The evidence gathered in the UK Million Women's Study on Cellular Telephone Use and Risk of Brain Tumors, published online on March 29, 2021, in the Journal of the National Institute of Cancer, confirms that cellular telephone use under normal circumstances does not increase the incidence of brain tumours. Yes, the ongoing debate on whether the use of cellular telephones increases the risk of developing brain tumours was recently fuelled by the launch of the fifth generation of wireless technology. As such here, we are giving an update of the follow-up of a large-scale prospective study on the relationship between cellular telephone use and brain tumours.
During 1996-to 2001, 1.3 million women born in 1935-to 1950 were included in the study. Questions on the use of cellular telephones were first asked in The Medine Year 2001 and then in The Medine Year 2011. Yes and all study participants were followed up through record linkage from the National Health Service database on death and cancer registration (including non-malignant brain tumors). Dregistered.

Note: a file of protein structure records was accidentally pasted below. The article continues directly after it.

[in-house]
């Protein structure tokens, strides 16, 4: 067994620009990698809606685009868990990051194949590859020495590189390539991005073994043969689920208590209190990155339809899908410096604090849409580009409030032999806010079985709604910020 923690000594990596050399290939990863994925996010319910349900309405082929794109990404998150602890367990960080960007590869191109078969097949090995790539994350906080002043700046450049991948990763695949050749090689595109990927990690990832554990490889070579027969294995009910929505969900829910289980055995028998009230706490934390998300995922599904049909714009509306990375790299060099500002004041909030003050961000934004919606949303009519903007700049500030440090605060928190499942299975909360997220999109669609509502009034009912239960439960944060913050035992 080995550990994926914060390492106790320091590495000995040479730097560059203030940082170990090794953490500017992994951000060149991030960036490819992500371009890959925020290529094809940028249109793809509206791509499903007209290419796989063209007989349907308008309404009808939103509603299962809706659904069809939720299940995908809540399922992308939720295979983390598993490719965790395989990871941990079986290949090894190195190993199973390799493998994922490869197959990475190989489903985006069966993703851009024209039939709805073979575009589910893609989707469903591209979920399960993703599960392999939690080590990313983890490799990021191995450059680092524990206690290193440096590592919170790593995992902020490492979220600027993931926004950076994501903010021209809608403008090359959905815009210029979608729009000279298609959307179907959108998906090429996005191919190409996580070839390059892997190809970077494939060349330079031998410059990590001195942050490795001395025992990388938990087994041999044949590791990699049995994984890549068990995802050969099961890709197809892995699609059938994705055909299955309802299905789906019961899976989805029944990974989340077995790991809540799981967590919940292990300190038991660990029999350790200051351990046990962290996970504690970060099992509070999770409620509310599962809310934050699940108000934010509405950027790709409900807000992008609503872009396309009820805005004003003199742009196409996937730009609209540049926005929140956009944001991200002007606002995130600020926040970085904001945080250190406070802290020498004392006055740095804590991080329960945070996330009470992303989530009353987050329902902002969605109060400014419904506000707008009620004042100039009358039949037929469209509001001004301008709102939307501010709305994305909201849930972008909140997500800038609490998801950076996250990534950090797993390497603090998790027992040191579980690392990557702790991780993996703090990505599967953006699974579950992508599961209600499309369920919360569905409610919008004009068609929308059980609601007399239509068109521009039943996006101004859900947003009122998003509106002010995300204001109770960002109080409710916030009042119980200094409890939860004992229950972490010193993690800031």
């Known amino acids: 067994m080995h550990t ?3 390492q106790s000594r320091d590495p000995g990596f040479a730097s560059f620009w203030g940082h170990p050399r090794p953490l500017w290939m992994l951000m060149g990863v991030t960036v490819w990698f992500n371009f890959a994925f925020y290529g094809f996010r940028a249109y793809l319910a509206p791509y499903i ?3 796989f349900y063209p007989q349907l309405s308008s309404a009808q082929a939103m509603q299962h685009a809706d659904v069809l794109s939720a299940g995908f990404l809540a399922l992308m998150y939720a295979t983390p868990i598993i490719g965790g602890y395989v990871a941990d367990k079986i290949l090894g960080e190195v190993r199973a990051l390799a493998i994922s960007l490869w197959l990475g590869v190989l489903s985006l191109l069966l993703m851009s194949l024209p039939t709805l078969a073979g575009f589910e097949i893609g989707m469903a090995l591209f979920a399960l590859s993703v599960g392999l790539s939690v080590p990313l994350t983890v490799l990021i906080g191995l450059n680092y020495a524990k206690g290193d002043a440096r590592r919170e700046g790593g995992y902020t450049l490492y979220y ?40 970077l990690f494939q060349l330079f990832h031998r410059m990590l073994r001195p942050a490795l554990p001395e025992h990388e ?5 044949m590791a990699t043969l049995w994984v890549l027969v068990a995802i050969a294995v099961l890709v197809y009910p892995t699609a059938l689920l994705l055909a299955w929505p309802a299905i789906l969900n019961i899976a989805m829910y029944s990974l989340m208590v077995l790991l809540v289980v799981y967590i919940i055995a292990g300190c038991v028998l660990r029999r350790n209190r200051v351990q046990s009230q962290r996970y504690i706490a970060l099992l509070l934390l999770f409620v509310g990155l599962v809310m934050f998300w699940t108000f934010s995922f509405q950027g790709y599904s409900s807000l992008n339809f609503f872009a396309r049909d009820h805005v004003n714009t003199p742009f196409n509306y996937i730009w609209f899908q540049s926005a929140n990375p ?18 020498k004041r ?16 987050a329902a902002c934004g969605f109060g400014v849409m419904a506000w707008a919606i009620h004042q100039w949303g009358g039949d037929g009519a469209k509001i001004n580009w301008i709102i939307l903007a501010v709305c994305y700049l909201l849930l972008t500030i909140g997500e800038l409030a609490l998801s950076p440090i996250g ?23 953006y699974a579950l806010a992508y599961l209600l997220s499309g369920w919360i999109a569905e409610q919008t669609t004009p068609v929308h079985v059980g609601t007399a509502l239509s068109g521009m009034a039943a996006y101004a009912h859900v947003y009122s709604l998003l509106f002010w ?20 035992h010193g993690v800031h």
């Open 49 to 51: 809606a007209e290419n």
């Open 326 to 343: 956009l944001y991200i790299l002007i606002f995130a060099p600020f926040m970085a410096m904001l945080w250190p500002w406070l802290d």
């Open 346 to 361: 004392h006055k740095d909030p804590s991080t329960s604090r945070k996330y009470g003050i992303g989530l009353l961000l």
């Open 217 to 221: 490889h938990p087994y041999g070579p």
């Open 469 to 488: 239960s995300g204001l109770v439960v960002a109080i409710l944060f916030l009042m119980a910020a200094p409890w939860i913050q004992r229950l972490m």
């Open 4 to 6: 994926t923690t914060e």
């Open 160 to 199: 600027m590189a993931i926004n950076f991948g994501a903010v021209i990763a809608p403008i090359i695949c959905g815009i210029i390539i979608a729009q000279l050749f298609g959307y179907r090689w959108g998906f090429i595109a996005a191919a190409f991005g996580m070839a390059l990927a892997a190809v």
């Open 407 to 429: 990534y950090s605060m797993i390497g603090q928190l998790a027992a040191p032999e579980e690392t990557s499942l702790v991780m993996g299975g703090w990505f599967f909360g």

Yes and for all brain tumours ever vs. nerves were significantly different from the adjusted relative risk 0.97 for cellular telephone use, 0.89 for glioma, and 1.0 for meningioma, pituitary tumours, and acoustic neuroma. Compared to users who used phones occasionally, no statistically necessary relationships to the cellular telephone use, overall or to the tumour subtype, were found to be related to daily cellular telephone use or to use cellular telephones for at least 10 years.
Using as a baseline in the year 2011, there were no statistically necessary associations with talking with at least 20 minutes per week or at least 10 years of use. For gliomas that occur in the temporal and parietal lobes, parts of the brain are most likely to be exposed to radiofrequency electromagnetic fields from the cellular telephone, with relative risks being slightly below 1.0.